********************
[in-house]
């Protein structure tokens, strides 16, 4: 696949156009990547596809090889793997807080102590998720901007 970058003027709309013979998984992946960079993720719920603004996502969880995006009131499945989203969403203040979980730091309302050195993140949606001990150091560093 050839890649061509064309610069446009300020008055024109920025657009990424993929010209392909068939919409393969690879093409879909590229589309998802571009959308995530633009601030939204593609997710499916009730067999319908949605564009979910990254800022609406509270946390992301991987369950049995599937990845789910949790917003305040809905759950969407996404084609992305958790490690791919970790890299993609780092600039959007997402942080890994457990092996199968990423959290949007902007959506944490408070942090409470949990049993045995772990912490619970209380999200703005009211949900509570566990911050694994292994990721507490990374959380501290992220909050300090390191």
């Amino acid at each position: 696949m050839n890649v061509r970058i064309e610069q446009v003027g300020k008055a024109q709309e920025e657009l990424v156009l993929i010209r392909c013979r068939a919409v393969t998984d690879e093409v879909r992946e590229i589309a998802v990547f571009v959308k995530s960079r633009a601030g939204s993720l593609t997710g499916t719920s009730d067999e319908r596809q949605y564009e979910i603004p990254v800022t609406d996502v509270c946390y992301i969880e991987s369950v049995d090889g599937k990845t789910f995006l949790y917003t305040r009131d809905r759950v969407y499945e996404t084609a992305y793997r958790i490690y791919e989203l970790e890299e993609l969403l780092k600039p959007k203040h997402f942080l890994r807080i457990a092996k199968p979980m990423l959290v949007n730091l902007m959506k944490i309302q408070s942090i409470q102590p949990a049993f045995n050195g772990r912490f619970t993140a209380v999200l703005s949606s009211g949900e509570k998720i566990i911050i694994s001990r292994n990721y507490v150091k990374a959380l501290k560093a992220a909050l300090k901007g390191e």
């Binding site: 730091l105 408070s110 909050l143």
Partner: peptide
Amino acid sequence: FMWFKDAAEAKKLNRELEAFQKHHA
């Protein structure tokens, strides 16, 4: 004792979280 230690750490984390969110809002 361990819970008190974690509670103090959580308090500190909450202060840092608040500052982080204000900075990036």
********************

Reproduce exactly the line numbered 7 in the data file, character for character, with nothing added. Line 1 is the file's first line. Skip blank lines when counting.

């Protein structure tokens, strides 16, 4: 004792979280 230690750490984390969110809002 361990819970008190974690509670103090959580308090500190909450202060840092608040500052982080204000900075990036």